In 2016 a business was attacked by ransomware every 40 seconds. The same report from cybersecurity company Kaspersky Lab also stated that in Q1 of 2017 ransomware attacks have risen by 253%. That is worrisome news for any business but even more so for small to medium businesses that are now being increasingly targeted.
It’s thought that the limited resources SMB’s have available to fight attacks are making them a more appealing target for attackers.
So how can your business protect itself from ransomware?
It’s an important to understand what ransomware is and how an attack affects an organisation.
Before you can protect your business from ransomware you need to understand it. Download our free guide to understand ransomware
Ransomware is a type of computer virus that threatens to delete your files unless you pay the ransom. Attackers download malicious software onto a device and then use it to encrypt the victim's information. They threaten to block access to the files until a ransom is paid and just because you pay the ransom doesn’t mean you’ll get your files back. Kaspersky say that in 2016 1 in 5 businesses that paid the ransom never got their files back.
The threat is very clear to a business and here are some ways a business can protect itself from ransomware.
Back up your files
The biggest damage a business will suffer from an attack is the loss of files. Depending on the type of business this can have a disastrous effect on the company and can even affect their customers or clients.
The best way to protect against ransomware is to back up all information and files across your network devices on a separate system. By, saving to an external server your files won’t be affected if your main network is attacked.
Have a business continuity plan
Backing up your files is no good if you don’t know what to do when you need to recover them. A business continuity plan can help your business recover the files you have backed up and limit the downtime an attack can cause. If your business is subject to industry regulations or other legal requirements a business continuity plan can make sure sensitive digital information is safe from attack.
It can seem like you need to stop what you're working on and install a new update every day but avoid the temptation to skip an update. Companies often release software updates to fix weaknesses that can be exploited by a cyber attack. Always download the newest version of a software as soon as possible or update a program when prompted.
Use antivirus software
Antivirus is always an important tip for any type of cyber security. They can block secret installations and look for malware that may already be on a computer or device. Don’t think an antivirus program is all you need for protection. Ransomware attacks are becoming so sophisticated antivirus software’s are struggling to keep up. It’s certainty better to use antivirus software than not use it but always remember your business can’t solely rely on it protect your business.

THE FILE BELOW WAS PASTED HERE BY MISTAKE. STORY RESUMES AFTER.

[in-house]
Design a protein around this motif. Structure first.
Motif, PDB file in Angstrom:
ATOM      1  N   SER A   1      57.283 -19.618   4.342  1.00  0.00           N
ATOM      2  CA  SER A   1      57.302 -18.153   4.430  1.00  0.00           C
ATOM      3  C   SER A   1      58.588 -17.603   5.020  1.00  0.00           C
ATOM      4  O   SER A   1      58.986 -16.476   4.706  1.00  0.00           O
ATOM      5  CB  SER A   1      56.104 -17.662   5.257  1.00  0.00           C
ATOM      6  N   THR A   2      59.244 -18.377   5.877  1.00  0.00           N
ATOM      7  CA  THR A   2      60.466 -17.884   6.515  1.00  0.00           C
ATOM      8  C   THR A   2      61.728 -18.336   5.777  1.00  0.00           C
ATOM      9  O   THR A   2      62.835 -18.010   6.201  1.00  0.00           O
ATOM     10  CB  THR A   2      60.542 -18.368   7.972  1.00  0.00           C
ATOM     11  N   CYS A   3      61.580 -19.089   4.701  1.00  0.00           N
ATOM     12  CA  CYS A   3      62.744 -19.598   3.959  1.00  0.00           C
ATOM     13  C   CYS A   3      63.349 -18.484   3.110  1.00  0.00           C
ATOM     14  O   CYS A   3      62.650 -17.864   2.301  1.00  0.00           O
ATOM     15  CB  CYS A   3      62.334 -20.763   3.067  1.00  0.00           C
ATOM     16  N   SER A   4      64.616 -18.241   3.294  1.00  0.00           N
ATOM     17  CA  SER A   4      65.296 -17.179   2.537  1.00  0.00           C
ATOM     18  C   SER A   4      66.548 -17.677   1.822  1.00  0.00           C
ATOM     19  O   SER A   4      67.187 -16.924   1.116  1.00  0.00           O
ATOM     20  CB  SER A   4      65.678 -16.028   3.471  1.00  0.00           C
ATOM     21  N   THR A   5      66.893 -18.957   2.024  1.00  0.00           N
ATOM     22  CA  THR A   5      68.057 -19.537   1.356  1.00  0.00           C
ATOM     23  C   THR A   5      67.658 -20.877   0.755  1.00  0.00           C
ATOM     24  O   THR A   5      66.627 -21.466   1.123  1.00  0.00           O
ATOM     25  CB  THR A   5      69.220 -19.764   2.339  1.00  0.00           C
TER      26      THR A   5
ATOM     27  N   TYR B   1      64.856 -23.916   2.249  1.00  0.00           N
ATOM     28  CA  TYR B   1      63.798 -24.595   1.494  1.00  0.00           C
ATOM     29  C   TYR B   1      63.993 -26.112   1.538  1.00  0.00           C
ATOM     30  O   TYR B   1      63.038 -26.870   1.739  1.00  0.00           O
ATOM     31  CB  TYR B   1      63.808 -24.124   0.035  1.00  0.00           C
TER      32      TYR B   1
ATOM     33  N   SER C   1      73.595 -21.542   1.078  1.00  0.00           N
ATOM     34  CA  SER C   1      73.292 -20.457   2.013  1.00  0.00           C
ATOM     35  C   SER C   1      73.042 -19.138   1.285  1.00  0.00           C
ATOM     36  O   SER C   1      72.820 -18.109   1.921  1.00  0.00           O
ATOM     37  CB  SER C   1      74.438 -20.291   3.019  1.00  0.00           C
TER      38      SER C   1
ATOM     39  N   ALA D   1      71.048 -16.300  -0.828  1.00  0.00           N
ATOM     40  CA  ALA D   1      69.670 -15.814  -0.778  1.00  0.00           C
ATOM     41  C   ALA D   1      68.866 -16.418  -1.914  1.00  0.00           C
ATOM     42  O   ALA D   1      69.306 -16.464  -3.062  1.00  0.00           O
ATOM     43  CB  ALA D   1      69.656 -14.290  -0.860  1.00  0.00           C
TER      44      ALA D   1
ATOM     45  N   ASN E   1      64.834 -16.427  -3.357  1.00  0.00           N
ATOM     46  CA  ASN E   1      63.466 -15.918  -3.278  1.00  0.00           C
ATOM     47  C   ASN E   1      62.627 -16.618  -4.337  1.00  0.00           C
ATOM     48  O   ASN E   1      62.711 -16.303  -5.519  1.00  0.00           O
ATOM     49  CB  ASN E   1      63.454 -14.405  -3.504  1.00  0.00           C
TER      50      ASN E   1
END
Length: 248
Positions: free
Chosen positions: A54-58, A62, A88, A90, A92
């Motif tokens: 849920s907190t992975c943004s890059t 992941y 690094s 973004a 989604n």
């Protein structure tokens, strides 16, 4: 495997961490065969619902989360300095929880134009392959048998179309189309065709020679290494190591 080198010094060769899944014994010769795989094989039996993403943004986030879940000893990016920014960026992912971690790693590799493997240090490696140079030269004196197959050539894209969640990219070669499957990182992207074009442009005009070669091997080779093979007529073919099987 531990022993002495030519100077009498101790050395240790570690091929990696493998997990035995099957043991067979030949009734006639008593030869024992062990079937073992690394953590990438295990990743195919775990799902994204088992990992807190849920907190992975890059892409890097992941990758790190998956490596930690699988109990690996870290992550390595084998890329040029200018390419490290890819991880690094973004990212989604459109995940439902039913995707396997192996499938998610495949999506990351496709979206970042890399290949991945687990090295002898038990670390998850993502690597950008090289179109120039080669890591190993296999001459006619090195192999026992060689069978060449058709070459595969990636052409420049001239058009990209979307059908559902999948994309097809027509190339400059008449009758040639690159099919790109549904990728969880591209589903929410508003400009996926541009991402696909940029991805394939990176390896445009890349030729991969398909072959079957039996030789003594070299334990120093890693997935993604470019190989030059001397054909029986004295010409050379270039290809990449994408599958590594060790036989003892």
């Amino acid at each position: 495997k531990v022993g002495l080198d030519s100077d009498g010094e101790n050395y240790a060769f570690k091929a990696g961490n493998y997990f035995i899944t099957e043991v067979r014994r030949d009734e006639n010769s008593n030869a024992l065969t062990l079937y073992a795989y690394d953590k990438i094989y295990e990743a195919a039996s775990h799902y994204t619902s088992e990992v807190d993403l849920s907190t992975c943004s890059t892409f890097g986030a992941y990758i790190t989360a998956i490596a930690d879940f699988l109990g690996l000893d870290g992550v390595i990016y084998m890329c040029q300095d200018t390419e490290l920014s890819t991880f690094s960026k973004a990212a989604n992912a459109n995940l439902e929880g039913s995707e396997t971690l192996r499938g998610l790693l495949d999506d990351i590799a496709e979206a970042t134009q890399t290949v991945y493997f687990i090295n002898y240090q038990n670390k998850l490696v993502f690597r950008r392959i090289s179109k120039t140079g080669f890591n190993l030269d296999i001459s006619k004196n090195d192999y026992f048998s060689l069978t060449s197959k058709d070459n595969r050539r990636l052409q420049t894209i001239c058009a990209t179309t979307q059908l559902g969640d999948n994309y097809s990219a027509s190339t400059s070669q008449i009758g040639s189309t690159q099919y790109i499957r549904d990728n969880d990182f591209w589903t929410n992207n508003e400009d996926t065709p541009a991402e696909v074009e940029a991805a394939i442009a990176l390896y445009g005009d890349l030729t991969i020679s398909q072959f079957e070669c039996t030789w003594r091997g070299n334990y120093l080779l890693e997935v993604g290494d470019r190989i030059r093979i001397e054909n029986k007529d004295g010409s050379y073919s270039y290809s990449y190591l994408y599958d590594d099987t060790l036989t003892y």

Educate your staff
Gene Marks, a small business expert and founder of The Marks Group thinks this is what SMB’s are more likely to be targeted. “They are easy targets. Employees have less training, especially in IT. They are actually the most exposed to get hacked.”
Employees should always exercise caution when opening unsolicited emails or visiting websites they are unfamiliar with because for ransomware to work hackers need to download malicious software onto a computer. This is then used to launch an attack and encrypt your businesses files.
Never pay the ransom
The victims of an attack have been advised to not pay the ransom because it encourages attackers to target more business or continue to target your business. If you have properly backed up your files there is never the need to pay the ransom as you can just roll back a file to when it was backed up.
A business can protect itself from a ransomware attack but to constantly maintain that defence can take up a lot of resource and time. Getting help from a professional IT Support and security company can save a business a lot of money over the long run.
As the number of cyber attacks continue to grow its vital for a business to take steps to protect itself from the effects of ransomware. The statistics show its more than likely your business will be hit by an attack and the aftermath can be costly. According to Intermedia, nearly three out of four companies infected with ransomware suffer two days or more without access to their files.
Although ransomware and cyber attacks are not going away any time soon there are clear steps a business can take to protect themselves from breach, or if the worst happens and you suffer a breach, by following these steps you can limit the damage and even carry on as if nothing has happened.
Can your business afford 2 days of data loss?